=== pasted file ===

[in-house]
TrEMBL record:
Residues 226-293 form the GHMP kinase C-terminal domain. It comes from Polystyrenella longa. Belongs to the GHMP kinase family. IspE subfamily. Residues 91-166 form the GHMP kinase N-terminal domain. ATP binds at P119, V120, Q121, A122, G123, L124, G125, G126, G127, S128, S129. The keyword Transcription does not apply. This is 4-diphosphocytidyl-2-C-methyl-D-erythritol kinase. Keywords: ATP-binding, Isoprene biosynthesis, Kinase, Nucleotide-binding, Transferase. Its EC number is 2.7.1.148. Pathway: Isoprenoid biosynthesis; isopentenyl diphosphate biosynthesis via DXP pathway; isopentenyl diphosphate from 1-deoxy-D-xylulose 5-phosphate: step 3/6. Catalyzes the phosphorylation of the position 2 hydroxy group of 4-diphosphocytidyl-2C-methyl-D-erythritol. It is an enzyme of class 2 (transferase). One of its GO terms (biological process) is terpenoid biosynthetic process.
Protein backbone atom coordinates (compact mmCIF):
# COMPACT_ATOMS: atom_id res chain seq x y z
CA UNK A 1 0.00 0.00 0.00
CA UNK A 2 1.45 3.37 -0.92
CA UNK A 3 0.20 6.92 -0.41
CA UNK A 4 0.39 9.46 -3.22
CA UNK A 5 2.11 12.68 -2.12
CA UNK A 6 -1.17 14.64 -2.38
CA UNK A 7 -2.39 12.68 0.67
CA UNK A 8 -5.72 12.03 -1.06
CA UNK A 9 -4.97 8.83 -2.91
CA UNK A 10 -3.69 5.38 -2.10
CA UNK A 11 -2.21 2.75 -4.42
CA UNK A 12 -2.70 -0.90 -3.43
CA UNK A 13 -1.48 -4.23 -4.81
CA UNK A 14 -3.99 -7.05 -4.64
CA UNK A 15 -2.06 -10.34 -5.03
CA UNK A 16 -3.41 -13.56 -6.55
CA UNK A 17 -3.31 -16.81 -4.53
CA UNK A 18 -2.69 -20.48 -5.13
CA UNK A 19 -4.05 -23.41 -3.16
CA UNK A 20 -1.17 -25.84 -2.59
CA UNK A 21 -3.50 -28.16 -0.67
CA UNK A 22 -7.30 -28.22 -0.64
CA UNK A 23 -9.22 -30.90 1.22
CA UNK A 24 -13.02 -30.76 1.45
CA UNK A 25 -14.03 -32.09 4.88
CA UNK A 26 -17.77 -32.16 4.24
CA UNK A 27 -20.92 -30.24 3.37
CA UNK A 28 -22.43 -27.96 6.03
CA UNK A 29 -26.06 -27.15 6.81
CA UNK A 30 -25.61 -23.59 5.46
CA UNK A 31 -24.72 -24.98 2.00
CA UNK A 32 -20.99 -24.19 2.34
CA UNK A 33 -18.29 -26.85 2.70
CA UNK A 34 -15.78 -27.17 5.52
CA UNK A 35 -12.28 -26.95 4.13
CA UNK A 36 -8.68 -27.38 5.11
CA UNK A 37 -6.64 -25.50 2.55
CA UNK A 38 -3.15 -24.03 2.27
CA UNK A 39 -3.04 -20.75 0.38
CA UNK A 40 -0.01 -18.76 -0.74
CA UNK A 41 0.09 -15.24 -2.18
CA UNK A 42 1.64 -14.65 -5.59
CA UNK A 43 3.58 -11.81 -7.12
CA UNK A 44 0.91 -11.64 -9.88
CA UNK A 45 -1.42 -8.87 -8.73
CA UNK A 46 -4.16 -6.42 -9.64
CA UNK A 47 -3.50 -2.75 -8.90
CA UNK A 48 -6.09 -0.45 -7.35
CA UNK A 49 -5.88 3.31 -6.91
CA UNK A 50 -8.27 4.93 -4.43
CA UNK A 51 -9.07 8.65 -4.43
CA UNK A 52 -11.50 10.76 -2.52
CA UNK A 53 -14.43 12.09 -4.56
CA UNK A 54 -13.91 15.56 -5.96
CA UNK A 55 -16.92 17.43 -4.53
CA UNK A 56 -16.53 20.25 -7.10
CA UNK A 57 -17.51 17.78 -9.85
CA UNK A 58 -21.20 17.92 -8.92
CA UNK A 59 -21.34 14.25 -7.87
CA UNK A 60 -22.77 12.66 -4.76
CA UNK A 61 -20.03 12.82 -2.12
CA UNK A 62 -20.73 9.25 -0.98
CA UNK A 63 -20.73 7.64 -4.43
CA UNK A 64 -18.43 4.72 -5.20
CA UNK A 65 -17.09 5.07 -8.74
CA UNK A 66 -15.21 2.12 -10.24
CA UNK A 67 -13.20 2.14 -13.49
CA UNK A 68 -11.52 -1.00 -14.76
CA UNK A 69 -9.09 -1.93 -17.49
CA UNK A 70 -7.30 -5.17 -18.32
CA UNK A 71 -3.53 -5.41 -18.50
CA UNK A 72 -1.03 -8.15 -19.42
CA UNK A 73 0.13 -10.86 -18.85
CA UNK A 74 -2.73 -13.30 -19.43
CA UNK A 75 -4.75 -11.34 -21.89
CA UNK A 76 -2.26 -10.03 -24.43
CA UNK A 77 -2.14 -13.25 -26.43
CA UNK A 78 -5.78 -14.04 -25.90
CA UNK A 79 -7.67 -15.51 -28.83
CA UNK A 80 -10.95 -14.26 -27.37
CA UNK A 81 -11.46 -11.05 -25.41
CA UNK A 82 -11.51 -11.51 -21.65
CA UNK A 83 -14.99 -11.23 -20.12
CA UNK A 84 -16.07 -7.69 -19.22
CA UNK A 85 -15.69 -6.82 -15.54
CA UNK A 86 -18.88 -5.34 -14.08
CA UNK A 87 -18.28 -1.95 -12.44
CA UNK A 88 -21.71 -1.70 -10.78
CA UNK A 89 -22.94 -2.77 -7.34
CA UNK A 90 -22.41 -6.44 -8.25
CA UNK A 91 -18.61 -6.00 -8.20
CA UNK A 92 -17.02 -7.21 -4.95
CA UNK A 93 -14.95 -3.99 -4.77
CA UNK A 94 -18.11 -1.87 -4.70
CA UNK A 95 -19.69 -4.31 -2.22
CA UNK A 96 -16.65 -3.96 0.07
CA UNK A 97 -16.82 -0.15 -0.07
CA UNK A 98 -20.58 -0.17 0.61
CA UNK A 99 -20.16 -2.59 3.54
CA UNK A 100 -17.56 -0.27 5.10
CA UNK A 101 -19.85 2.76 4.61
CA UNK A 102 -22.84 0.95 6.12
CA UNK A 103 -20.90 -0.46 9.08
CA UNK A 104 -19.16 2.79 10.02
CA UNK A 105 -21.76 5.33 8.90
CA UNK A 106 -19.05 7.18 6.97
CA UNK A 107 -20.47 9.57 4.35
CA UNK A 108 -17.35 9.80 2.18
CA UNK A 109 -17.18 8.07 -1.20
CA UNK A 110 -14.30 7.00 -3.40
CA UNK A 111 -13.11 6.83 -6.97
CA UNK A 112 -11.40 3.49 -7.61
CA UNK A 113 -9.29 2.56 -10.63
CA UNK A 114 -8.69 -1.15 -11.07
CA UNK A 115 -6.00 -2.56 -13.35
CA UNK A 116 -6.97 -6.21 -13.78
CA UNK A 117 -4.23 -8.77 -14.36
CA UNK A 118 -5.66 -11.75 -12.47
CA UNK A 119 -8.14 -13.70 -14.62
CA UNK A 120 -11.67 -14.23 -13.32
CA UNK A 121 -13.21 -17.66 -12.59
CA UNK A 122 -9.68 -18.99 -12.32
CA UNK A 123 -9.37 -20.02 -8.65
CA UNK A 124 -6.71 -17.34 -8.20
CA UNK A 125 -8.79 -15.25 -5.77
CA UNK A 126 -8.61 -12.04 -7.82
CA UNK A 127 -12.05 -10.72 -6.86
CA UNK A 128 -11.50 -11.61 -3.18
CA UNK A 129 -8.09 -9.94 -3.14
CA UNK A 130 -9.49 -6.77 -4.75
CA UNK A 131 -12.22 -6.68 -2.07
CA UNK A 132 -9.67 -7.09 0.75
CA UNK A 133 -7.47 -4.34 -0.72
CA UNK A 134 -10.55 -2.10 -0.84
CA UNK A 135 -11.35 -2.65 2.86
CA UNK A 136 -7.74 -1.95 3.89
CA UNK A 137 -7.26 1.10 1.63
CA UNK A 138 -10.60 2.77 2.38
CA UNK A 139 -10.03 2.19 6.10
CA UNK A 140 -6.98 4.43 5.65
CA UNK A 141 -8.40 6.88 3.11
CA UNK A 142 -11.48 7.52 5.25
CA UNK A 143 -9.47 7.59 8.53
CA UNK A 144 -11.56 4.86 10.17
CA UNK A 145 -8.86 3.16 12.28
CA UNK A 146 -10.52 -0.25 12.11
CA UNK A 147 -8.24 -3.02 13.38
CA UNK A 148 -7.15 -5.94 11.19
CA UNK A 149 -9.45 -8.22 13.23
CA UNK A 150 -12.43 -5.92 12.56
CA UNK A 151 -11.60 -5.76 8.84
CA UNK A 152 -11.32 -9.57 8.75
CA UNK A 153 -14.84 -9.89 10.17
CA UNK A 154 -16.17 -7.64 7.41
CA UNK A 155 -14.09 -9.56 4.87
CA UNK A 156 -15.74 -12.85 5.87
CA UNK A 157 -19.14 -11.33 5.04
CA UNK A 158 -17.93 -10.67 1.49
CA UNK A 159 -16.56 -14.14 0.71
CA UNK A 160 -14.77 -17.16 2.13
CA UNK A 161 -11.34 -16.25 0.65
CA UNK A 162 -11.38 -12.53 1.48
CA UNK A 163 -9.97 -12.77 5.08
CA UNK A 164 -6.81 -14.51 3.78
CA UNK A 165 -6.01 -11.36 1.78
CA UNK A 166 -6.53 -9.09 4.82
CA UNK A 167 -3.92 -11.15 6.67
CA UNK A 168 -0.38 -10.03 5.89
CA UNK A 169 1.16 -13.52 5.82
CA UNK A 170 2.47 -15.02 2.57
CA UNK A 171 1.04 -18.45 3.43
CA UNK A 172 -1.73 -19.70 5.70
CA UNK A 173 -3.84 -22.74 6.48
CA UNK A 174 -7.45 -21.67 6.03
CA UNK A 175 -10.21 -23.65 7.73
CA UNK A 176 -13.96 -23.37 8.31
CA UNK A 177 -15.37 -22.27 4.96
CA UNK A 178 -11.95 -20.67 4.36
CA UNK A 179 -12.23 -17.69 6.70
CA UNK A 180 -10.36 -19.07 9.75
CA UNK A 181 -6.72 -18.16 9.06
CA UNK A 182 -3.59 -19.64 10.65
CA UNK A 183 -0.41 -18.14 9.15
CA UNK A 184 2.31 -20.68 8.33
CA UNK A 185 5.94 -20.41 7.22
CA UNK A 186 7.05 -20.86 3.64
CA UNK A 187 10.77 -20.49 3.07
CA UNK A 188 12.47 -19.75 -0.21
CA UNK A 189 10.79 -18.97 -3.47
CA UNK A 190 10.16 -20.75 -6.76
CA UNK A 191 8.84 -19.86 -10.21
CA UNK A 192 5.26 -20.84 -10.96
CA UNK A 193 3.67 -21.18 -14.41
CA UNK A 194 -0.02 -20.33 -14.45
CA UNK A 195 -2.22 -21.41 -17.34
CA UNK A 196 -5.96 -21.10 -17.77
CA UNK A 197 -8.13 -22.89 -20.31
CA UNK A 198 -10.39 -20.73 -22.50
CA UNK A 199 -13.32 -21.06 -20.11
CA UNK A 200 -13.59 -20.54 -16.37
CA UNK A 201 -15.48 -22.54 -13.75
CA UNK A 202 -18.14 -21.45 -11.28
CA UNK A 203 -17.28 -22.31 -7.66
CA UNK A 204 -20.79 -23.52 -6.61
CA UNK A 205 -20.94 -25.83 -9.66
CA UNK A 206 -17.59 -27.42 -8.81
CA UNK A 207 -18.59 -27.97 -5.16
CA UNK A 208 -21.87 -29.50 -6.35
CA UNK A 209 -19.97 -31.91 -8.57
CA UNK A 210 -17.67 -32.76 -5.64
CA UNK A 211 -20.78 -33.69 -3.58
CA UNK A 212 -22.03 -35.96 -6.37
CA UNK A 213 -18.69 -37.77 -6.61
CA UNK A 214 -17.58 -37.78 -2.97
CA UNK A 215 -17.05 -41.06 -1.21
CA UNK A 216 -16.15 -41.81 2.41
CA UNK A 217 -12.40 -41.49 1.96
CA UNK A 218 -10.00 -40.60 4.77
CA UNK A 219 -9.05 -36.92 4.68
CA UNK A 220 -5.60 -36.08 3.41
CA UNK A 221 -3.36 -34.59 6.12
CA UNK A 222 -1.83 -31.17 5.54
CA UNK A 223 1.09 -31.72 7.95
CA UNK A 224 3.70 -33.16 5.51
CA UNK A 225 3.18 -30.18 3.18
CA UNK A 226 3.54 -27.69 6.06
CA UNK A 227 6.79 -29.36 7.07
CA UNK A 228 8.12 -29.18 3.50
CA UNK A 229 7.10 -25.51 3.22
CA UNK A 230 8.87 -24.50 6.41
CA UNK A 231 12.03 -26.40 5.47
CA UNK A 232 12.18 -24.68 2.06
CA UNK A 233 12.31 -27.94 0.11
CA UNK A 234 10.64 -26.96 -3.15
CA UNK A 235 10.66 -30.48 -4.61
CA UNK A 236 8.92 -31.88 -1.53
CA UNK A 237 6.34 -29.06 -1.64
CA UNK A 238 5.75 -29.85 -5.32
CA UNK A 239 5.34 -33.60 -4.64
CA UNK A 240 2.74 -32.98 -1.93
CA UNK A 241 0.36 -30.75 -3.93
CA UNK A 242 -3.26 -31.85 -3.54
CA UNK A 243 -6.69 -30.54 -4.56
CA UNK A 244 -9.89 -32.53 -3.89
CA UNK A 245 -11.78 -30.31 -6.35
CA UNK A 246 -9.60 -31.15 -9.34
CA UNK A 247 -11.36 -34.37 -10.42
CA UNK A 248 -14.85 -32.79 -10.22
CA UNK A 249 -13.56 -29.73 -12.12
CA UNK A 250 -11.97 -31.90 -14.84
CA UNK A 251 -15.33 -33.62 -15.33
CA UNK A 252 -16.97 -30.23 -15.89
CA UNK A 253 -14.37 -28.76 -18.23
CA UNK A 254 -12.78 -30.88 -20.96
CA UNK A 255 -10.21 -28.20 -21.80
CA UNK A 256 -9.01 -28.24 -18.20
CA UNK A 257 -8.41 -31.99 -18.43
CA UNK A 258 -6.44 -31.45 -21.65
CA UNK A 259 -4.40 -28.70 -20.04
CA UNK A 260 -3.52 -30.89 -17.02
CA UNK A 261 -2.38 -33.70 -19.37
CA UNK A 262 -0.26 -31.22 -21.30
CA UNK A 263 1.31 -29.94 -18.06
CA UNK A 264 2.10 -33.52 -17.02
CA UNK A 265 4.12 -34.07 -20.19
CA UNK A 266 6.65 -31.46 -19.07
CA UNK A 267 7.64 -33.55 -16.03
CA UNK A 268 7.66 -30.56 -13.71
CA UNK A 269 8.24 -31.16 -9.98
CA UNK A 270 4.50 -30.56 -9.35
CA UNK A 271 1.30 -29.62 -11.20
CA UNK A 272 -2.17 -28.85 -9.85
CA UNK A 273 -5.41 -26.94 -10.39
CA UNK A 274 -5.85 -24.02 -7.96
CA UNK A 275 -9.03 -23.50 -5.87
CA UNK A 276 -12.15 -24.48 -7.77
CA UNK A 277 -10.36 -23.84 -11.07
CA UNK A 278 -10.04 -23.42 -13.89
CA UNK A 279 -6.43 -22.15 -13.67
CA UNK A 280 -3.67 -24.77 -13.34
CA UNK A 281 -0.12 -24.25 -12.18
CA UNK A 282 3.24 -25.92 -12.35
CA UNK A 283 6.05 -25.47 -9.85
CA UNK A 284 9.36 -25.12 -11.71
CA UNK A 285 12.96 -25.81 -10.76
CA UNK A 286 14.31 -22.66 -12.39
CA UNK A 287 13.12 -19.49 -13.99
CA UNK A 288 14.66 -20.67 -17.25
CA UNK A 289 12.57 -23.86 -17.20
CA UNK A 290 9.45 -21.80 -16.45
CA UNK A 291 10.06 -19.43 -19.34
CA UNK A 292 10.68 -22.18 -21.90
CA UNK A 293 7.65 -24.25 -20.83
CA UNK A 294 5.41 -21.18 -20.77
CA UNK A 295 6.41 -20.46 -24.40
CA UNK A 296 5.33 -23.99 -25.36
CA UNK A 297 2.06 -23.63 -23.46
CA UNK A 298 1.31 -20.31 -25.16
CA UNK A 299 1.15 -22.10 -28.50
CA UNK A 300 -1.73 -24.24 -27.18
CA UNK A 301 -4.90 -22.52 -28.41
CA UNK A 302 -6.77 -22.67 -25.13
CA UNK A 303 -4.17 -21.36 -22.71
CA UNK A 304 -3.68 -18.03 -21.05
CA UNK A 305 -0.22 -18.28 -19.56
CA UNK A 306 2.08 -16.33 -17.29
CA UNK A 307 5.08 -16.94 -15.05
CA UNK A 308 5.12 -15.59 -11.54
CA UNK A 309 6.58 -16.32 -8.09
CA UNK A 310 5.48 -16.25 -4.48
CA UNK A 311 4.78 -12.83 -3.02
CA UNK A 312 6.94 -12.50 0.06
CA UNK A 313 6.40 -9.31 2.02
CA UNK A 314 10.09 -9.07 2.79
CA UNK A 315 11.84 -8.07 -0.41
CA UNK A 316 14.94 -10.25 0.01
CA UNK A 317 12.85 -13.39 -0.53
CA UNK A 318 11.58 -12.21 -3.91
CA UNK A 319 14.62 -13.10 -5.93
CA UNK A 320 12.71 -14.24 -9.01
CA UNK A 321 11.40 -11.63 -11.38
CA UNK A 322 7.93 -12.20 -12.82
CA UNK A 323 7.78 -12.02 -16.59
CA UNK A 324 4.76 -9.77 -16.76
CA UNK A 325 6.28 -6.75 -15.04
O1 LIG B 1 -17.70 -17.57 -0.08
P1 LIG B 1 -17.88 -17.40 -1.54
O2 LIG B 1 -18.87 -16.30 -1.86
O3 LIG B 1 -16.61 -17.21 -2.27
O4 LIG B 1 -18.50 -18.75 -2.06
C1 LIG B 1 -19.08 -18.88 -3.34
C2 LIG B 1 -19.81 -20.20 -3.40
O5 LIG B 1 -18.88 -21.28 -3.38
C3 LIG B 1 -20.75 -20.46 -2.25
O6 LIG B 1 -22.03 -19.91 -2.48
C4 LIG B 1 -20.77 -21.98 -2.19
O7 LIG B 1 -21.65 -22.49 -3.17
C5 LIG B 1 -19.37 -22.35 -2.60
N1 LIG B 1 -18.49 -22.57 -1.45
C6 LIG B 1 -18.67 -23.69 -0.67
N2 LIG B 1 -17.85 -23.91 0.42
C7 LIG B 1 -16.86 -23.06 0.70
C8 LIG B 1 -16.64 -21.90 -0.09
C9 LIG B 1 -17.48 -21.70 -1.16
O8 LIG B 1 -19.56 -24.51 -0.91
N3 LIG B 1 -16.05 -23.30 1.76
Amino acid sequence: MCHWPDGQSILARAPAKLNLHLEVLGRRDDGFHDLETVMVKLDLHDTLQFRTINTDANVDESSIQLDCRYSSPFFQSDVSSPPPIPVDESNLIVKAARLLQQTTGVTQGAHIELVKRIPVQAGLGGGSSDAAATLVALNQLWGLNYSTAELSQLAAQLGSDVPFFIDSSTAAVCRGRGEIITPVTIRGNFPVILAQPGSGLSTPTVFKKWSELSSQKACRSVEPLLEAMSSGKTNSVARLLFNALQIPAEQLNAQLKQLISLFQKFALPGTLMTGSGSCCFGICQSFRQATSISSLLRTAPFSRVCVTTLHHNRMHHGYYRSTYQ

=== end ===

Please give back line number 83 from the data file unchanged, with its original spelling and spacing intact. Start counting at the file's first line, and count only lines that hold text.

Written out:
CA UNK A 78 -5.78 -14.04 -25.90